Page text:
Impenetrable

A billboard goes up in a Chicago suburb. It shows a young woman in a bikini — and a bunch of arrows pointing to her problem areas. The women in town throw a fit and suddenly the spa that commissioned the billboard is the topic of much discussion. So is the spa’s Muslim proprietor, the bikini model, the photographer and the larger issue of female beauty and societal pressure to look attractive.

Chicago-based playwright Mia McCullough took a look at these actual events and then created her own set of characters for her play, Impenetrable. “It’s this paradox between feminism and this idea of how women are supposed to be,” she explains. “We want to pass on this idea [to younger generations] that you should love yourself no matter what, but we also have this inner self-loathing. So, how do you balance both things?”

At right: Ruth Yeo Peterman in SIS Production's of "Impenetrable." Photo: Rick Wong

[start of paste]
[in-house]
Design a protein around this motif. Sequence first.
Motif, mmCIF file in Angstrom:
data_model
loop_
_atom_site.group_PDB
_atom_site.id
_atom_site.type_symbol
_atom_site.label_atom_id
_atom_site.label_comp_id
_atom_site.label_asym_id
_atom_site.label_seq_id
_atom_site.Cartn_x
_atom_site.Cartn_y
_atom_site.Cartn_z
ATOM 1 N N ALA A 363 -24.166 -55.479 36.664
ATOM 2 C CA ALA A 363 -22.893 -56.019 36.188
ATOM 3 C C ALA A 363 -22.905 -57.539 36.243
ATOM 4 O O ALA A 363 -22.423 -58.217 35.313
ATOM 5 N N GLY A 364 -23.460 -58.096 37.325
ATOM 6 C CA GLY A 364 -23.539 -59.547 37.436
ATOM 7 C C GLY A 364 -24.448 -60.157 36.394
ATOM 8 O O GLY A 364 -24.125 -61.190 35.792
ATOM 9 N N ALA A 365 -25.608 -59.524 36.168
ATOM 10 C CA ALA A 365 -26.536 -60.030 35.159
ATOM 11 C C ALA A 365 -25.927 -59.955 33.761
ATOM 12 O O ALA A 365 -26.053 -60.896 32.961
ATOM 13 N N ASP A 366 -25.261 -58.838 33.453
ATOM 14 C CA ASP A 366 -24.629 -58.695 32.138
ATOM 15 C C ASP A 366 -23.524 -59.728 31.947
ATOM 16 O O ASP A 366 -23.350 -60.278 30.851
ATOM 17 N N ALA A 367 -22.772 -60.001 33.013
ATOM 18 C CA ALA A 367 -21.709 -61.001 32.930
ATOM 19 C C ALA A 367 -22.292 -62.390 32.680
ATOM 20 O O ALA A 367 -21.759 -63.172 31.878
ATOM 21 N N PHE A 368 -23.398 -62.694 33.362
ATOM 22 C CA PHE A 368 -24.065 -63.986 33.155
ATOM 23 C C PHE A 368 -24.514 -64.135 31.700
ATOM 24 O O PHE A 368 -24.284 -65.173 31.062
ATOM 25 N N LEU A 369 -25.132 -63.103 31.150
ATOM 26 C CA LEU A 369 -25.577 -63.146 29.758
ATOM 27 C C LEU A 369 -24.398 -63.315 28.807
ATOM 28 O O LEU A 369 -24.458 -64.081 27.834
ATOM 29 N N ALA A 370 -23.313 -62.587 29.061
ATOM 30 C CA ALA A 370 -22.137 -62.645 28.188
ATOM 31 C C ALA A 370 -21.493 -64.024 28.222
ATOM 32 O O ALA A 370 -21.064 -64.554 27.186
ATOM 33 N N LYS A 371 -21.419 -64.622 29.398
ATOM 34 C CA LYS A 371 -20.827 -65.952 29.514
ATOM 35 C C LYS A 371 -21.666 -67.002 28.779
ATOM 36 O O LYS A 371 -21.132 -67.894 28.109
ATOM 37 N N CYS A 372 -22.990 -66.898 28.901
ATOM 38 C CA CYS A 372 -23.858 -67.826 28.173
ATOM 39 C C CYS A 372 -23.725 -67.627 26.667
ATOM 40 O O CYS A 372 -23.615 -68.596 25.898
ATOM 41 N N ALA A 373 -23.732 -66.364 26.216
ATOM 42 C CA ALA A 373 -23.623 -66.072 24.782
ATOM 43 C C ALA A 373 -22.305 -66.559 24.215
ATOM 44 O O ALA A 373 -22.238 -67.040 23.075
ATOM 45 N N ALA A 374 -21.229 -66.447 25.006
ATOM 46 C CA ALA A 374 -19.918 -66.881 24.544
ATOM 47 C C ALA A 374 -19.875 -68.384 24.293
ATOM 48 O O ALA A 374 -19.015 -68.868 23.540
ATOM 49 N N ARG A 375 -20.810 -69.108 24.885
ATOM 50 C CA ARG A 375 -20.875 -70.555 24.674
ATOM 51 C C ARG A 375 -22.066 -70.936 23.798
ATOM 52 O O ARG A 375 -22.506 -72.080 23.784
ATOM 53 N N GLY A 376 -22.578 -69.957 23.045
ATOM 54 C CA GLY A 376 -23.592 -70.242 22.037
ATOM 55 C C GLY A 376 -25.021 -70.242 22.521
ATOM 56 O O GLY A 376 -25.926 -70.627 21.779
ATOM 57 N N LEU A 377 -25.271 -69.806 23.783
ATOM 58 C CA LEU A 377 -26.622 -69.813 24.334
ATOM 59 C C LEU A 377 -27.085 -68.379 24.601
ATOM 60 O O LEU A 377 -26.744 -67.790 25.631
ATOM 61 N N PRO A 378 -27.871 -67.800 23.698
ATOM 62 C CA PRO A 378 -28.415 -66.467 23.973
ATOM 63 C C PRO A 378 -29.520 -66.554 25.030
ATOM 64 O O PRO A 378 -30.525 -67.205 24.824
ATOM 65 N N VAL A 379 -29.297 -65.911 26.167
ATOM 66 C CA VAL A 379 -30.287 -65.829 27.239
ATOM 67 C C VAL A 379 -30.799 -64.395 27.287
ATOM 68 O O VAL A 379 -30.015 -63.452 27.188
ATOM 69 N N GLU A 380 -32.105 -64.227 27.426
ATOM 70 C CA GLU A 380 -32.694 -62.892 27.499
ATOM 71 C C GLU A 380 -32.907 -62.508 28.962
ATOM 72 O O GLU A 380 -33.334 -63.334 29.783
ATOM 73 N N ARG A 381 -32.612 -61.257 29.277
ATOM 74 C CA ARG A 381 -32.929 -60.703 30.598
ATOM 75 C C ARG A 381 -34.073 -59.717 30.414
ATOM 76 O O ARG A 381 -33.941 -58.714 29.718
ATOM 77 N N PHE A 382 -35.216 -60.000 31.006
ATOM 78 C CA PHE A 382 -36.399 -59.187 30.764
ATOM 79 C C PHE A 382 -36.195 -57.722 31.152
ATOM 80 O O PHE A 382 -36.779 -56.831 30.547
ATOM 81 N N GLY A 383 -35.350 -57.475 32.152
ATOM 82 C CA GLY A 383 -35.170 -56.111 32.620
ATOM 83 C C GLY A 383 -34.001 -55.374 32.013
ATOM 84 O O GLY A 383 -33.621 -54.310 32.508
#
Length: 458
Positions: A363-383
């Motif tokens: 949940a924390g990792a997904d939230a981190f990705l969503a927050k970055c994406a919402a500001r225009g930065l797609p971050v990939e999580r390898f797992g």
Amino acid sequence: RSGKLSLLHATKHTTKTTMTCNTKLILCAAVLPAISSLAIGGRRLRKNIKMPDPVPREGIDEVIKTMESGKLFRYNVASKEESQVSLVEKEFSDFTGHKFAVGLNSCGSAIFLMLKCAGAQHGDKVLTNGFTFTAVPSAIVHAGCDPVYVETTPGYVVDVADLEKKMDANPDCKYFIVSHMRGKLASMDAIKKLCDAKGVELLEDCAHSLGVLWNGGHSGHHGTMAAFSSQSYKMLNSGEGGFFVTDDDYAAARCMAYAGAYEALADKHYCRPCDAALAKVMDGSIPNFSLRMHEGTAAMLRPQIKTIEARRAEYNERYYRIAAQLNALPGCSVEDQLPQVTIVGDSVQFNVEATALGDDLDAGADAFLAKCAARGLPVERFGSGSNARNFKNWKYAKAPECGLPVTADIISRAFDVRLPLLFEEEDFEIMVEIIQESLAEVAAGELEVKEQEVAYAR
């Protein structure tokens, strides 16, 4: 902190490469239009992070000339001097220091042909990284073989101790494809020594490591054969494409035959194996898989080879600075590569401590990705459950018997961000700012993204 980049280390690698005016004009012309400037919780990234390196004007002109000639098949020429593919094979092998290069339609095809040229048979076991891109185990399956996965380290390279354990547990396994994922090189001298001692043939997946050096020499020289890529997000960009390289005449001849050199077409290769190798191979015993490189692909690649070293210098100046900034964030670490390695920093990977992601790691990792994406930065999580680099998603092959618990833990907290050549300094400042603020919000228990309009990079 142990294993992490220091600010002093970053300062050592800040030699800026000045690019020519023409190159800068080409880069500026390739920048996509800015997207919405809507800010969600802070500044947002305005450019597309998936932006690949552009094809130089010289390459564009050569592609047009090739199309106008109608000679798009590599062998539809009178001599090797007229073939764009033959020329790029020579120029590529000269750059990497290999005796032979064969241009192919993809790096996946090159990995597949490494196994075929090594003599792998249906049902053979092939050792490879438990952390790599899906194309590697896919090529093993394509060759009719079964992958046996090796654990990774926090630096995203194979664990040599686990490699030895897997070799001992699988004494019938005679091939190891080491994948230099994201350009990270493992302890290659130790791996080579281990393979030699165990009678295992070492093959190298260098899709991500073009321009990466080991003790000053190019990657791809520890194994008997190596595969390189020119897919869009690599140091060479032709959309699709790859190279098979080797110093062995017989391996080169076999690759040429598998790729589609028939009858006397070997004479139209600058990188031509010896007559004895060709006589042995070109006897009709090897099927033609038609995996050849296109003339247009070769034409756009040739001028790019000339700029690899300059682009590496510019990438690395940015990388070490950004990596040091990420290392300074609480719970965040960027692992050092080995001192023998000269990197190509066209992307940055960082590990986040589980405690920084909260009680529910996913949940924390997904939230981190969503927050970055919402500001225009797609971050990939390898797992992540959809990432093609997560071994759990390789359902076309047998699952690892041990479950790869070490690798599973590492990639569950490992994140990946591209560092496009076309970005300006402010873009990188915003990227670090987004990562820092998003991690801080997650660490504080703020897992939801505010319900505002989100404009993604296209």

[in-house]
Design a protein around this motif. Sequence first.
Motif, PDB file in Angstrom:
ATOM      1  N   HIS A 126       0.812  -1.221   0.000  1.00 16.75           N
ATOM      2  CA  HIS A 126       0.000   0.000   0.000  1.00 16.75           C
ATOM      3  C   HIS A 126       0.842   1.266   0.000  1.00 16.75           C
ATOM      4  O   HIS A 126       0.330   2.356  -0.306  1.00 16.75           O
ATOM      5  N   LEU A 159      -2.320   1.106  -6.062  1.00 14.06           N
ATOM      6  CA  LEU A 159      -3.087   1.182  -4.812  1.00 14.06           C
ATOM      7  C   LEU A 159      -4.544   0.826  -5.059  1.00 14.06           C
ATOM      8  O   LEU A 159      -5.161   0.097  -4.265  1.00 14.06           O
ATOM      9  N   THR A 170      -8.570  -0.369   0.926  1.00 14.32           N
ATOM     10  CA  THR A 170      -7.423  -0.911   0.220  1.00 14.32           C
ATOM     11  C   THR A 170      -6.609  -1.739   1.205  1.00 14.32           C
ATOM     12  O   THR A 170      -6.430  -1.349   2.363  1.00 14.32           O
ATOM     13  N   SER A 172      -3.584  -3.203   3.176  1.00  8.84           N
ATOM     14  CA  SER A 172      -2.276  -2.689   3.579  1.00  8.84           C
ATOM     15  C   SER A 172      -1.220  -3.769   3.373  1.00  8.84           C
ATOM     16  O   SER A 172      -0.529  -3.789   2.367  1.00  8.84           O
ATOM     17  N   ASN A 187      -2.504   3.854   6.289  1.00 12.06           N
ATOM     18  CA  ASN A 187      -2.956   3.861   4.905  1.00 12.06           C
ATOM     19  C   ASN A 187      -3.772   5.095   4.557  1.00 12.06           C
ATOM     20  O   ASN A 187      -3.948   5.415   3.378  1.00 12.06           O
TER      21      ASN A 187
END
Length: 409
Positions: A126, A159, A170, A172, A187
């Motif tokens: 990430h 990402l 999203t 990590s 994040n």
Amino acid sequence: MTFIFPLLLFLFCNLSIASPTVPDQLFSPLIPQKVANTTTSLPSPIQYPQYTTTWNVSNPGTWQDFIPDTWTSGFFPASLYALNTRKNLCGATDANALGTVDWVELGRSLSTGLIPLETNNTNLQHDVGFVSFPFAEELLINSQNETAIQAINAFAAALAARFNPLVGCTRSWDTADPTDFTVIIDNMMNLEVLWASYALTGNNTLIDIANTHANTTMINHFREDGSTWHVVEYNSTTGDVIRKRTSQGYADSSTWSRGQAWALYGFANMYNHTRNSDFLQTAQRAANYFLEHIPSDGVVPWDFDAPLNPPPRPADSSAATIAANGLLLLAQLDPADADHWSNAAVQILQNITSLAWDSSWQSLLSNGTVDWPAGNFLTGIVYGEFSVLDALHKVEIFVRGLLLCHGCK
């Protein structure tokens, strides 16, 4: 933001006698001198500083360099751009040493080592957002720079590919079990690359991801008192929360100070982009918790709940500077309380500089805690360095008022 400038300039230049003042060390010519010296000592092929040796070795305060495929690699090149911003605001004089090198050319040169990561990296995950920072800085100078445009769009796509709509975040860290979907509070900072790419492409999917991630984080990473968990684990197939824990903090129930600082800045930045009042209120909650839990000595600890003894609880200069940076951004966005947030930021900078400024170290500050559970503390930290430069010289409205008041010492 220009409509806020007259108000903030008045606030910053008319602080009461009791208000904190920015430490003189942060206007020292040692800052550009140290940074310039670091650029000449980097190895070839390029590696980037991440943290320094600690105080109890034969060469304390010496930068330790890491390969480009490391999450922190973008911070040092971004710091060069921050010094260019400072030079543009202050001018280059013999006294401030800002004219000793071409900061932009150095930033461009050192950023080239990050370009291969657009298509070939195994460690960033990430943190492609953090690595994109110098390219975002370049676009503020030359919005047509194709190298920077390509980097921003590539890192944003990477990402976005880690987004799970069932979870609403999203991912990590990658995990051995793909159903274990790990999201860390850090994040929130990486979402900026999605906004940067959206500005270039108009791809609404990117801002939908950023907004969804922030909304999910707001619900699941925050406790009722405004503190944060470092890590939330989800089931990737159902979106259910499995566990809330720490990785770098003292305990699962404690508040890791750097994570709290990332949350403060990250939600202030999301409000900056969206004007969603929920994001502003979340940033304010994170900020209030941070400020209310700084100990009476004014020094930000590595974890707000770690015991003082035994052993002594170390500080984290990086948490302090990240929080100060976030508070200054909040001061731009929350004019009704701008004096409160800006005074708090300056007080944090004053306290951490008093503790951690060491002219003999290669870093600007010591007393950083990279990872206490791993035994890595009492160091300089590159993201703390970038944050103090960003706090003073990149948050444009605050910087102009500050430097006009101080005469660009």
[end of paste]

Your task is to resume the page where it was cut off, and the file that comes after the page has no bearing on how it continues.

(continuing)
This is the West Coast premiere by SIS Productions, which focuses on works about Asian Americans. The play is part of SIS’ “Celebrate Women” campaign.

If you go: Impenetrable, West of Lenin, Friday, April 11 – May 3. ($12 – $16). — F.D.

Little Shop of Horrors

I swear I’ve seen guys who look like Seymour, Little Shop of Horrors' green-thumbed protagonist — same plaid shirt, green pants, baseball cap — on Capitol Hill. We are a town full of fashionable nerds. We’re also a town that likes the silly. So here’s a musical about a total square, a ditzy blonde and a voracious, carnivorous plant. What’s not to love? Though if you don’t trust my opinion, consider the fact that Macklemore saw the show last week. How’s that for cred? 

At right: Seymour (Joshua Carter) and the Audrey II (puppeteer: Eric Esteb, voice: Ekello Harrid Jr.) in Little Shop of Horrors, a co-production of ACT and The 5th Avenue Theatre.  Photo: Tracy Martin

If you go: Little Shop of Horrors, ACT Theatre, Through June 15. ($20 – $69). — F.D.

* Kithkin and Wishbeard

Since genre labels are often very silly, let’s go out on a limb and invent one for Kithkin: caveman rock. The term suits them because the young Seattle band imbues their tracks with an unquantifiable, primal energy. Most members of the band will dabble in percussion over the course of a live show. Such drumming — heavy yet eclectic — along with energetic hoots and hollers that punctuate their songs result in a set that falls somewhere between garage rock and a Saturday-night drum circle on the beach.